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# Multiplication tables check - How to use shikaku puzzles to help pupils develop a secure understanding of multiplication facts

Help children practise the essential multiplication facts with this online game, suggests Steve Lomax

Here’s a question for you: is 7 x 8 a seven times table question or an eight times table question?

The DfE’s multiplication tables check assessment framework states that ‘when constructing tests, the first number in the question will denote the multiplication table the question is part of. For example, 4 x 12 would be considered part of the four multiplication table.’

Following this then, when considering 7 x 8, seven is the multiplicand (group size) and eight is the multiplier – it is a ‘seven times table’ question.

This is a downside of the multiplication tables check assessing multiplication facts in such a rigid fashion.

We really want pupils and teachers to have the flexibility to explore and understand the underlying structures represented by 7 x 8 – for example, ‘seven multiplied by eight’, ‘seven eight times’ and also ‘seven groups of eight’  – as well as understanding that 7 x 8 can be applied to represent contextual situations, such as the fact that a rectangle with dimensions of seven units and eight units has an area of 56 square units.

Shikaku is a wonderful mathematical puzzle which brings together factor/factor/product relationships, the commutative nature of multiplication and relating area to arrays and multiplication. Shikaku is played on a rectangular grid, with some of the squares containing a number. Pupils must solve the puzzle by dividing the grid into rectangles containing only one number. The number must represent the area of the rectangle. Try a tutorial and play online here.

While the 25 questions in the multiplication tables check assess only multiplication facts, solving a shikaku puzzle supports all pupils to develop a secure understanding of multiplication and division facts that are essential for future success in maths.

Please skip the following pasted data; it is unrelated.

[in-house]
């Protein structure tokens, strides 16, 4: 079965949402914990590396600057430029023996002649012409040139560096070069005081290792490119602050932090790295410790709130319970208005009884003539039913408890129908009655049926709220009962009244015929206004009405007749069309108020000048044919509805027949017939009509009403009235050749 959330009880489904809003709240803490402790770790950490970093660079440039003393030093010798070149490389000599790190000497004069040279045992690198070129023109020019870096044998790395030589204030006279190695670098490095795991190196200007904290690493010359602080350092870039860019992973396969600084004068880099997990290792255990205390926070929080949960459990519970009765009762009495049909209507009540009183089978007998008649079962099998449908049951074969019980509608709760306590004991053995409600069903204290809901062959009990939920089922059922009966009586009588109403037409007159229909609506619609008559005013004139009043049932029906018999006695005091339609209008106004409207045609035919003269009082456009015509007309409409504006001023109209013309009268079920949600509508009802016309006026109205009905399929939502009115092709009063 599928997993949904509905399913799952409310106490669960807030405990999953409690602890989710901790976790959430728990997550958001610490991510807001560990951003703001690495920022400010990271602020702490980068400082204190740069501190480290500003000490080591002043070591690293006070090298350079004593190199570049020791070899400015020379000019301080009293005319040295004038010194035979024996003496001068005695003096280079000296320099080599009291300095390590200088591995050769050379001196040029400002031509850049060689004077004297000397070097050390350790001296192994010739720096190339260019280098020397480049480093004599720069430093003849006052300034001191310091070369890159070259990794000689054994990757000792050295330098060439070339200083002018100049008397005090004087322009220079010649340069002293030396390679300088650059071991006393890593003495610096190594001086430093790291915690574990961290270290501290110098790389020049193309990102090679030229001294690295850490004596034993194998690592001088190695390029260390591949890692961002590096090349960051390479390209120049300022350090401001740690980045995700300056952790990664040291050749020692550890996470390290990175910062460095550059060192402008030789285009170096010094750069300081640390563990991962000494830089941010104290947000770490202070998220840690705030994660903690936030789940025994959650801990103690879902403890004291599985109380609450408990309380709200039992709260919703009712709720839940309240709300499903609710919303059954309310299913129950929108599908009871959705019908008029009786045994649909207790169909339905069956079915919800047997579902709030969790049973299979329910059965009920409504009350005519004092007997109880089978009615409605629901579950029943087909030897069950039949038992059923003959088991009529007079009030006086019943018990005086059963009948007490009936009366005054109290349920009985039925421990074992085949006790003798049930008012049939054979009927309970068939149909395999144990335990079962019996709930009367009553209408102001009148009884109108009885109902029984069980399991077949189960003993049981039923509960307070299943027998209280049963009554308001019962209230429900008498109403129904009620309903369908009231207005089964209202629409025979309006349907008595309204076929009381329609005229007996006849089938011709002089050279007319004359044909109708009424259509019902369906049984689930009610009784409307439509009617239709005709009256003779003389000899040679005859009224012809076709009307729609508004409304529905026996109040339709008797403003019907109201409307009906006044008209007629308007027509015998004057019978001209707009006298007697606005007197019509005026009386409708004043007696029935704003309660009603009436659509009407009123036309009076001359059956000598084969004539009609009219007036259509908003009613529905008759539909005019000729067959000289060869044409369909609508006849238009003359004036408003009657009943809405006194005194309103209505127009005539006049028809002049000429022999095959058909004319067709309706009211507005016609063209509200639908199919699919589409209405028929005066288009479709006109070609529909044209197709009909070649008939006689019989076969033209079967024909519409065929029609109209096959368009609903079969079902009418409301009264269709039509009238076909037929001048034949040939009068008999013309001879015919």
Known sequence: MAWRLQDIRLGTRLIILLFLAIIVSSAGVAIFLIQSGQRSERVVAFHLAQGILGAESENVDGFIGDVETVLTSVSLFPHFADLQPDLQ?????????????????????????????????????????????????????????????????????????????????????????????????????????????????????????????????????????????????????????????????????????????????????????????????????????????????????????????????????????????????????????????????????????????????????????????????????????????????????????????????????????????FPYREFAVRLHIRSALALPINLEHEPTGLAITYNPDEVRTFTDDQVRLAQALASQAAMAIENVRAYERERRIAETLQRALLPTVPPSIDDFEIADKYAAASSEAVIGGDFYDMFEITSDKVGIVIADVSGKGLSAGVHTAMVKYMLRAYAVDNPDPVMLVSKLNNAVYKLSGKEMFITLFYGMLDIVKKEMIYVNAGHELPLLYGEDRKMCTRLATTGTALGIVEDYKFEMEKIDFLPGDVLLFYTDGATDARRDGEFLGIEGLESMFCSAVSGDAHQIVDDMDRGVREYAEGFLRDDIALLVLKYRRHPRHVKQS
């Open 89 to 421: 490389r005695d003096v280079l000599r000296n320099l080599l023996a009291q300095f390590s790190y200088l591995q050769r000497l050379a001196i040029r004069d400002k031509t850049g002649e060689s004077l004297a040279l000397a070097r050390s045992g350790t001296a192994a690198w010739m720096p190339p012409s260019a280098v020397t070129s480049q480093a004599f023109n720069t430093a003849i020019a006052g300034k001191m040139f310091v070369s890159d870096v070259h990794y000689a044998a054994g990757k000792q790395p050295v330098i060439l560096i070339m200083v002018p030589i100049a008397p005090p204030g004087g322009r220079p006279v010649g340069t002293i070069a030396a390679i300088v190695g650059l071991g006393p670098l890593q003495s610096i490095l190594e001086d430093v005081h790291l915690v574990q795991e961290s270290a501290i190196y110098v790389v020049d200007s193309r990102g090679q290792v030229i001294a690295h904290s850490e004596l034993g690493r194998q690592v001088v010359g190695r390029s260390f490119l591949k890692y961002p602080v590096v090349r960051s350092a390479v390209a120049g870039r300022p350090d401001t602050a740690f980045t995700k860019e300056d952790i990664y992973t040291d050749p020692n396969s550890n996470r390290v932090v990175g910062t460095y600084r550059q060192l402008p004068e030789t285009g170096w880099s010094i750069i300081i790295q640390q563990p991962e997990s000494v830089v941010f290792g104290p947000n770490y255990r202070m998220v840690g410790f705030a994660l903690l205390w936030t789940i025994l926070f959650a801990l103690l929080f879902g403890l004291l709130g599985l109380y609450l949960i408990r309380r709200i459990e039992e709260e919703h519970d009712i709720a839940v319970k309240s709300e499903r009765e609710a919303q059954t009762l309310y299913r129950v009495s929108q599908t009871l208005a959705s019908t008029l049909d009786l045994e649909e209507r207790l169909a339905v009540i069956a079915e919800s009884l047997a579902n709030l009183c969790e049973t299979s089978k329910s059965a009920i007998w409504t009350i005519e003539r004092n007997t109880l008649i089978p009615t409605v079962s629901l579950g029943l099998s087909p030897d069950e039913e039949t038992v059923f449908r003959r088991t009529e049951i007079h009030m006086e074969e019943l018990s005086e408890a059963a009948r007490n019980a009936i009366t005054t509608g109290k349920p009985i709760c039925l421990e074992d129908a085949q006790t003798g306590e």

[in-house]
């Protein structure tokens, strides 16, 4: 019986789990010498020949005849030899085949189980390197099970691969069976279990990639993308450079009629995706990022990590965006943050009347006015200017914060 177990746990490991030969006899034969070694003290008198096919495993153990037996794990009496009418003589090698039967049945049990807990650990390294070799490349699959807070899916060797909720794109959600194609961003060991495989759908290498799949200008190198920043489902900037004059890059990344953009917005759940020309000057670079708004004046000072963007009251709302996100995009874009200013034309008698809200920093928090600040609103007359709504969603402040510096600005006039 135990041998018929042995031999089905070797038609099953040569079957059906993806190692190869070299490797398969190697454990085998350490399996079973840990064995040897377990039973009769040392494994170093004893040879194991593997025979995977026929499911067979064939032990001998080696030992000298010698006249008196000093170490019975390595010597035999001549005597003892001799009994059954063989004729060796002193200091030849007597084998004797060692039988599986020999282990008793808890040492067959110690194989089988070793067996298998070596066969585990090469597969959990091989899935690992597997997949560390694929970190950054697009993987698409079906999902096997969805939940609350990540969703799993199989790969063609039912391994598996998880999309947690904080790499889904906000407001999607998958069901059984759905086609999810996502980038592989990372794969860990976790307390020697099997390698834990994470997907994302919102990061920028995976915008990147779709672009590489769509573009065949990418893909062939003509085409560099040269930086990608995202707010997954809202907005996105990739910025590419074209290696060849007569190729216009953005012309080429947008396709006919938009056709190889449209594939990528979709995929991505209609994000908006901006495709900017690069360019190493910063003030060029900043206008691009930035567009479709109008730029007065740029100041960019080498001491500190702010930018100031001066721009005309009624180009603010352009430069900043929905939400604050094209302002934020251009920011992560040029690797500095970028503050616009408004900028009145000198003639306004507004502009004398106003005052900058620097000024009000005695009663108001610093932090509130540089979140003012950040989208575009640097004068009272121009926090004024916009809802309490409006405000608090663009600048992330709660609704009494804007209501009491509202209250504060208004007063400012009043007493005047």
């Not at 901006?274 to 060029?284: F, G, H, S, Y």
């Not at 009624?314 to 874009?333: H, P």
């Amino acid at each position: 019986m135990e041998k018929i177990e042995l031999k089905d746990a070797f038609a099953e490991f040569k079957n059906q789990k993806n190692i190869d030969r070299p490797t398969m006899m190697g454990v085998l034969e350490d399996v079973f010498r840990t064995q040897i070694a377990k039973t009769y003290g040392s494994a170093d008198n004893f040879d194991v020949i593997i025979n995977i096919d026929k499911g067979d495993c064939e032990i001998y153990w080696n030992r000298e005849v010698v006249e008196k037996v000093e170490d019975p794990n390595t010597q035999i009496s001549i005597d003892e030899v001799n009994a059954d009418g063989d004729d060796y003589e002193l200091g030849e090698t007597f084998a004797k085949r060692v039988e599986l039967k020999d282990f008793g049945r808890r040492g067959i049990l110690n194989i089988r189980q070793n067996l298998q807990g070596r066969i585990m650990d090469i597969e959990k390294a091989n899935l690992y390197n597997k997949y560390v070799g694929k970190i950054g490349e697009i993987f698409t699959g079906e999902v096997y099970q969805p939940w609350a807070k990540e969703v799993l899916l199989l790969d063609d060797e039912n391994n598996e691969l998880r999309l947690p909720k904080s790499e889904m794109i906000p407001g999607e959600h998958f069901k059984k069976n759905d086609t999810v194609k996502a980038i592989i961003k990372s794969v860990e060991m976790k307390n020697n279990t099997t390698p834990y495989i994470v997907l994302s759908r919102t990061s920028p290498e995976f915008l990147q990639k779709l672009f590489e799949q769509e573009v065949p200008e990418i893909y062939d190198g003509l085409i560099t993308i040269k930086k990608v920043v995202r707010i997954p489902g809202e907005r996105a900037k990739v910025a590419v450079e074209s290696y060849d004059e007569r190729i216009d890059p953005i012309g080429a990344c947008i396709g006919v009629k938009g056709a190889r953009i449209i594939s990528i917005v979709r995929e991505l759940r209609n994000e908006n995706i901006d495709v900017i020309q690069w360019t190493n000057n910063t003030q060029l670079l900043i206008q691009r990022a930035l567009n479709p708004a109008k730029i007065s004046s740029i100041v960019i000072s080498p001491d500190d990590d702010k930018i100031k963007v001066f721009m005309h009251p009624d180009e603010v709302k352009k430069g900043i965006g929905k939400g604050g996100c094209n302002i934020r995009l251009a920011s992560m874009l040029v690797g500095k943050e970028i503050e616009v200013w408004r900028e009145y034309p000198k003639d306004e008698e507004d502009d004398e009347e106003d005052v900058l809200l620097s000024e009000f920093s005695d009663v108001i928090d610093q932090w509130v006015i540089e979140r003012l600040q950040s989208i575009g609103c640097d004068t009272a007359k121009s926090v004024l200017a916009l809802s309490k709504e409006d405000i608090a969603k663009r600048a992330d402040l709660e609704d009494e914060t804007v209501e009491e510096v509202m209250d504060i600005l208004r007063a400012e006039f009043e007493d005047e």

The DfE’s multiplication tables check notes state that the test ‘should not be detrimental to pupils’ self-esteem or confidence.’ Activities like shikaku help to put a stop to a ‘can do/can’t do’ attitude to mathematics that has been a problem in the UK for decades, as well as empowering pupils to say goodbye to learning 144 isolated facts and hello to learning just 30 factor/factor/product relationships.

In fact, once children know their two, five and ten times tables, there are only 21 more factor/factor/product relationships to learn up to 10 x 10.

These 21 relationships are essential knowledge for all pupils and usually the ones that are referred to when a child (or adult!) says that they don’t know their times tables.

They also play a significant role in the multiplication tables check, with the 25 questions having an emphasis on the six, seven, eight, nine and 12 multiplication tables, because these have been determined to be ‘the most difficult’.

This ‘can do/can’t do’ climate in UK mathematics has been cultivated by the dominance of electronic times tables tests that rank pupils’ speeds on a leaderboard.

If we are serious about ensuring that pupils can recall and use their times tables fluently, then now is the perfect time to stop using resources and strategies that foster a climate of being scared of ‘getting it wrong’.

It’s time to start embracing a culture of ‘the answer is only the beginning’, and teaching for relational understanding to support all pupils to have a secure, sustainable and flexible understanding of mathematical ideas.

Steve Lomax is the strategic mathematics lead of the Balcarras Teaching School, a nationally accredited NCETM professional development lead and teaching for mastery lead. He is the co-founder of Kangaroomaths and CanDoMaths and tweets at @MaxTheMaths. Download a poster displaying the 21 essential factor/factor/product relationships here.

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